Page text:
As always, we caution investment advisers to train their personnel about these requirements and have good procedures to pre-clear potentially problematic political contributions and catch any impermissible contributions after the fact, which can at least open the door for the investment adviser to seek exemptive relief and potentially avert enforcement actions like those noted above.
The “Testimonial Rule”
The SEC settled five enforcement actions stemming from violations of the so-called “testimonial rule” —i.e., the prohibition on the use of testimonials—found in Advisers Act Rule 206(4)-1(a)(1). Four of these cases were interrelated, stemming from “reputation services” wherein a company would post positive reviews on YouTube, Google, Facebook, Twitter, Yelp, and other websites. The company providing the service claimed that the program was “100% compliant for investment advisers,” though that was clearly not the case. One recipient of the service eventually identified the potential issue, flagged it for the service provider, and requested that the testimonials be taken down, but the service provider ignored the request for over six months, and continued to take on other investment adviser clients. That first (unnamed) investment adviser was not the subject of the enforcement actions, but the service provider and three of its other investment adviser clients (and/or their principals) were. One important note here is that the service provider was found to have “caused” the violations of the other investment advisers, though the service provider was not itself subject to the Advisers Act, of course. This also seems like a good time to remind our readers of the SEC staff’s prior statements regarding the interplay between the testimonial rule and social media: Division of Investment Management; OCIE.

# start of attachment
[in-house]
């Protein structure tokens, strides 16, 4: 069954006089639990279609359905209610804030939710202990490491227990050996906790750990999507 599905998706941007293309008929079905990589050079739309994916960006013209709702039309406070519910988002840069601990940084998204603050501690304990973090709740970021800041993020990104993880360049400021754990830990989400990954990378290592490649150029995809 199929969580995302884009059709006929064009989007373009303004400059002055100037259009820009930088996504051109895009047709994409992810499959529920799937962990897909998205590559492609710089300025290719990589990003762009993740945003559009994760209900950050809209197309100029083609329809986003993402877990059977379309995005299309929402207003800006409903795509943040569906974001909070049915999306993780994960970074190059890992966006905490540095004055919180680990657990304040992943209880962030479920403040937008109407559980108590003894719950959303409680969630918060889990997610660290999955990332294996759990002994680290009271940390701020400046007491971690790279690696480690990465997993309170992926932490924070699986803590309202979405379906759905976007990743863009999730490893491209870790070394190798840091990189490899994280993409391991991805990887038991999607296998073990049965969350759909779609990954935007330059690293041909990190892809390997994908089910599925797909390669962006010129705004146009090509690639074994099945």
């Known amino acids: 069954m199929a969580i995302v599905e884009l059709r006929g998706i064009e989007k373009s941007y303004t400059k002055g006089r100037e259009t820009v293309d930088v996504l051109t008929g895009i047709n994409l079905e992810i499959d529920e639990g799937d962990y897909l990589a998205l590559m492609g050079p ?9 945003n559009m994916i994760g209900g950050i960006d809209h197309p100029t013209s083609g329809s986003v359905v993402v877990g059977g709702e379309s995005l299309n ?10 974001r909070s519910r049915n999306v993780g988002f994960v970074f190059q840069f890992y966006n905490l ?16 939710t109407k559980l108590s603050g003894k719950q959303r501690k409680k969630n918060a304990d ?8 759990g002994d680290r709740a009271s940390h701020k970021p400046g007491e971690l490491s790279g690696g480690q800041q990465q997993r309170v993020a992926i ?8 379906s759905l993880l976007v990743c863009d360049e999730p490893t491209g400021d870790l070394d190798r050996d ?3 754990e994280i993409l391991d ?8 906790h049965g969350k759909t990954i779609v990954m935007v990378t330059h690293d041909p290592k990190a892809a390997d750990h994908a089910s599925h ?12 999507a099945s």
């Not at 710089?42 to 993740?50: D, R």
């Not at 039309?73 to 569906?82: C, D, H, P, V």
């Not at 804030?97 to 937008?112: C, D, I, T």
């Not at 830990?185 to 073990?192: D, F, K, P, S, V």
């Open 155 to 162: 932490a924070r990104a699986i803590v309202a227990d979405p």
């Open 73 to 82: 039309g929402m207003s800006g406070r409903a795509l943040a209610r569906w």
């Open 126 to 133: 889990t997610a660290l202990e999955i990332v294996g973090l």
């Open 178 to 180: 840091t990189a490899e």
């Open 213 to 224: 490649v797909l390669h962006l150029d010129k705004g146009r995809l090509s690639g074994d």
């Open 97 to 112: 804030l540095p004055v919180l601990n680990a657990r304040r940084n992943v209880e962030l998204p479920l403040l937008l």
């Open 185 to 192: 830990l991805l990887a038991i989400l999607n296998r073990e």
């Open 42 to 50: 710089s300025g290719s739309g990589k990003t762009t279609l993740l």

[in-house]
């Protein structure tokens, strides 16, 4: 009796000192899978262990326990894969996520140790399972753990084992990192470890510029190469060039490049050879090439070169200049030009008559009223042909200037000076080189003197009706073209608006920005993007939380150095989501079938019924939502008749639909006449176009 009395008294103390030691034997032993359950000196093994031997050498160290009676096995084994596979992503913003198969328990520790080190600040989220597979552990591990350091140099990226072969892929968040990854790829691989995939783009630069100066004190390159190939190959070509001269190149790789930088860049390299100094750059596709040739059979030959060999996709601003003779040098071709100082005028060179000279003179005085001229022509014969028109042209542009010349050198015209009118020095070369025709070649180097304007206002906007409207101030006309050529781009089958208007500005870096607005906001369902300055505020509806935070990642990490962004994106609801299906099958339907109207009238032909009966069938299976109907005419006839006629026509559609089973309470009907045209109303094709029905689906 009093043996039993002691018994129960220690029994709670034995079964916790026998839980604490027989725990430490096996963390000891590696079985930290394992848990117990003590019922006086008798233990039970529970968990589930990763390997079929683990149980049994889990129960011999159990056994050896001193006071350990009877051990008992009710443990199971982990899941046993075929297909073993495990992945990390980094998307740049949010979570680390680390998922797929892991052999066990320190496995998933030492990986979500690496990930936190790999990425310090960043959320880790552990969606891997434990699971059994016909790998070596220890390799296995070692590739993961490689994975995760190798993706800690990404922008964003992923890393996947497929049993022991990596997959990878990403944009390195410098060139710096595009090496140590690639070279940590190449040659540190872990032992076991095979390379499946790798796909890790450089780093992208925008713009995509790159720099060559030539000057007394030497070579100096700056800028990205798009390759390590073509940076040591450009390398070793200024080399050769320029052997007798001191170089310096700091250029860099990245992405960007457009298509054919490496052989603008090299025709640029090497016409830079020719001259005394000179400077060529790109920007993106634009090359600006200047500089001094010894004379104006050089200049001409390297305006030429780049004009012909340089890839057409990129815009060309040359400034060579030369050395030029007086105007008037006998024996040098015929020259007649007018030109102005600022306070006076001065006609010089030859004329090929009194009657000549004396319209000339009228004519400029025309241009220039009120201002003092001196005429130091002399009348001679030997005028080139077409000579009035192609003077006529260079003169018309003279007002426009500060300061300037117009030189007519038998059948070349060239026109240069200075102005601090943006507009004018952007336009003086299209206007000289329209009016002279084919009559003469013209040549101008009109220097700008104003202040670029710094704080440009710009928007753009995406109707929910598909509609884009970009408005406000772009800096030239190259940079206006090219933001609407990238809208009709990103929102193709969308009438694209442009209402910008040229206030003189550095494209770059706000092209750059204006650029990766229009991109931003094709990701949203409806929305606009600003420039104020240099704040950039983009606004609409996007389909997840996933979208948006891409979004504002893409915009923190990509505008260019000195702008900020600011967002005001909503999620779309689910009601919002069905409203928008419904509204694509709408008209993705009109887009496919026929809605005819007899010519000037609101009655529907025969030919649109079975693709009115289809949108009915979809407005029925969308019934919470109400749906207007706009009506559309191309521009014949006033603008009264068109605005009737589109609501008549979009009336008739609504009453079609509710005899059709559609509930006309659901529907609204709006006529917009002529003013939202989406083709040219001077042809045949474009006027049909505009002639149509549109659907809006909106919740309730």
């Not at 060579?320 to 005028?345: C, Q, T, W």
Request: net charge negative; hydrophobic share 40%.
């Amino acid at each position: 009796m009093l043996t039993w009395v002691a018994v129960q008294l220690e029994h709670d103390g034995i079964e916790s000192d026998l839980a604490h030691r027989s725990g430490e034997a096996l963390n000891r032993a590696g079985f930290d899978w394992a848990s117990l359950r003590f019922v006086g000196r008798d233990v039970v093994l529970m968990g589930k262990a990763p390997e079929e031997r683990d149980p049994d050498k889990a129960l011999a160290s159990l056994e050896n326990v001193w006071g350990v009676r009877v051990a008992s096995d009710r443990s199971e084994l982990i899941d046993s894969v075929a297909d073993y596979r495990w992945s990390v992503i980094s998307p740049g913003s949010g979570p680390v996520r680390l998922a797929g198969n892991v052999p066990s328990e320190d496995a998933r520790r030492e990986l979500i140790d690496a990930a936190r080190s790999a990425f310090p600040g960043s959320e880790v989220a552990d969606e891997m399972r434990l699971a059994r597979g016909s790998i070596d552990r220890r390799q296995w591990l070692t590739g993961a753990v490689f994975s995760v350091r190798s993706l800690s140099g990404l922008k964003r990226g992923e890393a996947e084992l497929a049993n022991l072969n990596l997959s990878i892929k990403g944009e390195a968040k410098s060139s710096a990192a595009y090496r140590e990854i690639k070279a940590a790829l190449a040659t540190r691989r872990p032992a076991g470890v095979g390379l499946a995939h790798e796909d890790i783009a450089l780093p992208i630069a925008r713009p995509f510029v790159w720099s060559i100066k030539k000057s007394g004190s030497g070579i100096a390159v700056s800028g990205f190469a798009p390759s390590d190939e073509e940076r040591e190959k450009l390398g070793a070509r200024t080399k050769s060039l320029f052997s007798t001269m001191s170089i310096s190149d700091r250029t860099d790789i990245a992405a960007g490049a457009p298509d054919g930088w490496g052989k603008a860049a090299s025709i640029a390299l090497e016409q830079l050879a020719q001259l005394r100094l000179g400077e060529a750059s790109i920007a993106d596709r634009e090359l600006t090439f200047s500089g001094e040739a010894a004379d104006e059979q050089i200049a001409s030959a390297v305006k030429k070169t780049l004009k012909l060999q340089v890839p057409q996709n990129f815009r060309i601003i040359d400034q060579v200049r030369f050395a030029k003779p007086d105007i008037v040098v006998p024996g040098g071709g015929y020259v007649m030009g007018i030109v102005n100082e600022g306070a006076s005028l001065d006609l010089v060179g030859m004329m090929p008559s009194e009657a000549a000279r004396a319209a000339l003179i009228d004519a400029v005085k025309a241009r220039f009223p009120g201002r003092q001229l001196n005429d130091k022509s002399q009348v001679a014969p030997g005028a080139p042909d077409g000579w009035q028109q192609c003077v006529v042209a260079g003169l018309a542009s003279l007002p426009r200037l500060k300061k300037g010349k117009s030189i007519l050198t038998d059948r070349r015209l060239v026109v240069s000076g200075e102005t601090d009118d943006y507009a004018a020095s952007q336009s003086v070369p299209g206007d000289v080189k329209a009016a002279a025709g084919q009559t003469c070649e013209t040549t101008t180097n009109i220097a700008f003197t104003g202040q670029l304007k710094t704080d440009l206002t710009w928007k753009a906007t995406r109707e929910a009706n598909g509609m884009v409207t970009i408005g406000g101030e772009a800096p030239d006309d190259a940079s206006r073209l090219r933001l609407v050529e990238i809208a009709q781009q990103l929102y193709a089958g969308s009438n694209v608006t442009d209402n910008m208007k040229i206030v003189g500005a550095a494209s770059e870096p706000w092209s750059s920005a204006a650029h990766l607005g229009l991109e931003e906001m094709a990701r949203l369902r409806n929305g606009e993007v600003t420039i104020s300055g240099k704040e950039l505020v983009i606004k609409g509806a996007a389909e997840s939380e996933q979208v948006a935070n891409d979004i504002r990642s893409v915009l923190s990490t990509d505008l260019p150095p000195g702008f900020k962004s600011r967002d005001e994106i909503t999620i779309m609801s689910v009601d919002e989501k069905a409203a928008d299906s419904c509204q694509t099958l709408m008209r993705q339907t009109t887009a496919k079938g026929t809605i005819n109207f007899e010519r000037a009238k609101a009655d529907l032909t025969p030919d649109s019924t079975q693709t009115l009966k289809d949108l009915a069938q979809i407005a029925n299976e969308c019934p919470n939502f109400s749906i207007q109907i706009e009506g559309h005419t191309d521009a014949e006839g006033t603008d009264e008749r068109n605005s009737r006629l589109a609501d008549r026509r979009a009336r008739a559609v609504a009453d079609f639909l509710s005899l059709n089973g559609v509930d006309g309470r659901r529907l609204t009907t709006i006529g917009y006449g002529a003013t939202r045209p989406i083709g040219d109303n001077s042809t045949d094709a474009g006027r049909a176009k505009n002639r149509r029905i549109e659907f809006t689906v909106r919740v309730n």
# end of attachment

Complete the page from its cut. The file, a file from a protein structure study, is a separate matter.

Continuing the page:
The fifth enforcement action related to a 31-minute video created by a dual-registrant BD/IA in celebration of the firm’s 50th anniversary. The video, originally created for use at the firm’s anniversary party, contained statements from 27 advisory clients regarding their experiences with the firm. The firm later posted the video on its public website and on YouTube (where it garnered 291 views over a nearly 5 year period). They also later created a shorter, eight minute version of the video (containing many of the same statements from the first video), and similarly posted it on the firm’s website and on YouTube (yielding a more modest 117 views over a 3 year period).
The Custody Rule